Microsoft releases first test build of Windows Server 20H1

Microsoft's first test build of Windows Server 20H1 includes some new VM tool and Azure integration functionality, plus more updates to the Windows Admin Center.

On June 18, Microsoft released the first public test build for "Windows Server vNext," its feature update for Windows Server. We're pretty sure this is part of the Windows Server 20H1 series, given that today's server test build number is 18917 and the Windows 10 client team released last week Build 18917 from the 20H1 branch.

Microsoft's blog post about the new build just calls it "Windows Server vNext." If it actually were the next semi-annual channel build, it would be part of the 19H2 branch. Microsoft still has yet to release any test builds of its 19H2 releases, even though the client team had been targeting "spring" for the commencement of 19H2 testing. 

Sources have said that 19H2 may end being a very incremental update to Windows 10 and perhaps may have any brand-new features turned off by default. Microsoft officials have said nothing about how or when it will test or deliver 19H2, but have said there is a plan for a 19H2 release this year.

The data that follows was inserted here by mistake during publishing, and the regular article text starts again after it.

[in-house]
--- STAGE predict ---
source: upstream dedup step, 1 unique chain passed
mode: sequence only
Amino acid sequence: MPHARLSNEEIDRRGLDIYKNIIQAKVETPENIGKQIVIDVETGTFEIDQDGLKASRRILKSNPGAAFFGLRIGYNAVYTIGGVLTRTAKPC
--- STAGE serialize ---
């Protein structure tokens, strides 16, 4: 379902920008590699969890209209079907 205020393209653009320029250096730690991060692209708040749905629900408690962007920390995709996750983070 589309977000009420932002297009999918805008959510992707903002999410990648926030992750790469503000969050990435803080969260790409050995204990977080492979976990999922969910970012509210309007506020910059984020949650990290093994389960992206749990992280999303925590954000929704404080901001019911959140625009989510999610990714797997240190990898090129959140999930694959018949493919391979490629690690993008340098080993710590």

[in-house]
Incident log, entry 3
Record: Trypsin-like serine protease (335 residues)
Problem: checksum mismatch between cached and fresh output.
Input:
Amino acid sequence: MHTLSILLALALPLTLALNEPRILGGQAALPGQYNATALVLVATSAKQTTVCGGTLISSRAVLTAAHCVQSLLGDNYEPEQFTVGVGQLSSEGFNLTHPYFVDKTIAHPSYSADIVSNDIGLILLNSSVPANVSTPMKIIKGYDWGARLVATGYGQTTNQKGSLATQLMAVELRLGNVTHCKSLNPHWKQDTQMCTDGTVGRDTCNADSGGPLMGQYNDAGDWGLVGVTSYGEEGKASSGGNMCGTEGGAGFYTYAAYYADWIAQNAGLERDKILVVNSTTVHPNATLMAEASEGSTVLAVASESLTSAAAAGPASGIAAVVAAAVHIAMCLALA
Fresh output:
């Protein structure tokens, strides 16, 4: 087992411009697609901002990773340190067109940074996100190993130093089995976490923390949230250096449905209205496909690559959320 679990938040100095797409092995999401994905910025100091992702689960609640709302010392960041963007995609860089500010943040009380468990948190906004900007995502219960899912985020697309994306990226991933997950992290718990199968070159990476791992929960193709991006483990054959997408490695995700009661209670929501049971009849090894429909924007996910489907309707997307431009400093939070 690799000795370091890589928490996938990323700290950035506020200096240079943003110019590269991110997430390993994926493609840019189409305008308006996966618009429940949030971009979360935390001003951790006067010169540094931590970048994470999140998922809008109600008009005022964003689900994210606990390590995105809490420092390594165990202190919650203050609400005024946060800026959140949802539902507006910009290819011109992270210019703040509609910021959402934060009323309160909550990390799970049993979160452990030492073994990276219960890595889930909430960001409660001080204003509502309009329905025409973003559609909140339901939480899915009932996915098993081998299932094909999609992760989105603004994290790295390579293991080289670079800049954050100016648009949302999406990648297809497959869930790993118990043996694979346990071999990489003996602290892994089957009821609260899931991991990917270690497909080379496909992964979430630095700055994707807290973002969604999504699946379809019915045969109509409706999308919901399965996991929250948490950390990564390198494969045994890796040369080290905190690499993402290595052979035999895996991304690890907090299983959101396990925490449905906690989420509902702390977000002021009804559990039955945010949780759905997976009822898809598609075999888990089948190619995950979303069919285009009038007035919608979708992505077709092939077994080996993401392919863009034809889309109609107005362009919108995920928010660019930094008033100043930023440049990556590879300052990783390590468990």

A quick reminder: Semi-Annual Channel releases of Server are focused on container and applications. They don't support long-term release features like Storage Spaces Direct, software-defined networking and shielded virtual machines. Users who need those capabilities should go with a Long-Term Servicing Channel release like Windows Server 2019.  

Today's Windows Server Insider build includes some new functionality around the Virtual machines tool. There are Import/Export buttons now for importing and exporting virtual machines to a local volume or remote file share. In today's build, testers also get the ability to tag VMs on a Hyper-V Server. And according to Microsoft's post, "significant performance improvements" have been made to reduce page-load time in the Virtual machines tool.

Build 18917 adds new features to Azure integration functionality around the Azure Hybrid services tool, among other elements.

Microsoft also is working on a new version of the Windows Admin Center, which is the graphical tool for managing servers. Windows Admin Center is now up to preview 1906, which includes new features such as the ability to select individual Windows updates to install. There's also work toward providing users with a way to specify when they are offline in the Windows Admin Center in this build.

For a full list of features and known issues, check out the blog post about Windows Server 18917.

If Microsoft sticks to its current pattern, Windows Server 19H2, a k a Server 1909, should begin rolling out to users around October 2019 or so. Server 20H1 (Server 2003?) should begin rolling out around April/May 2020. Microsoft made Windows Server 1903 generally available last month.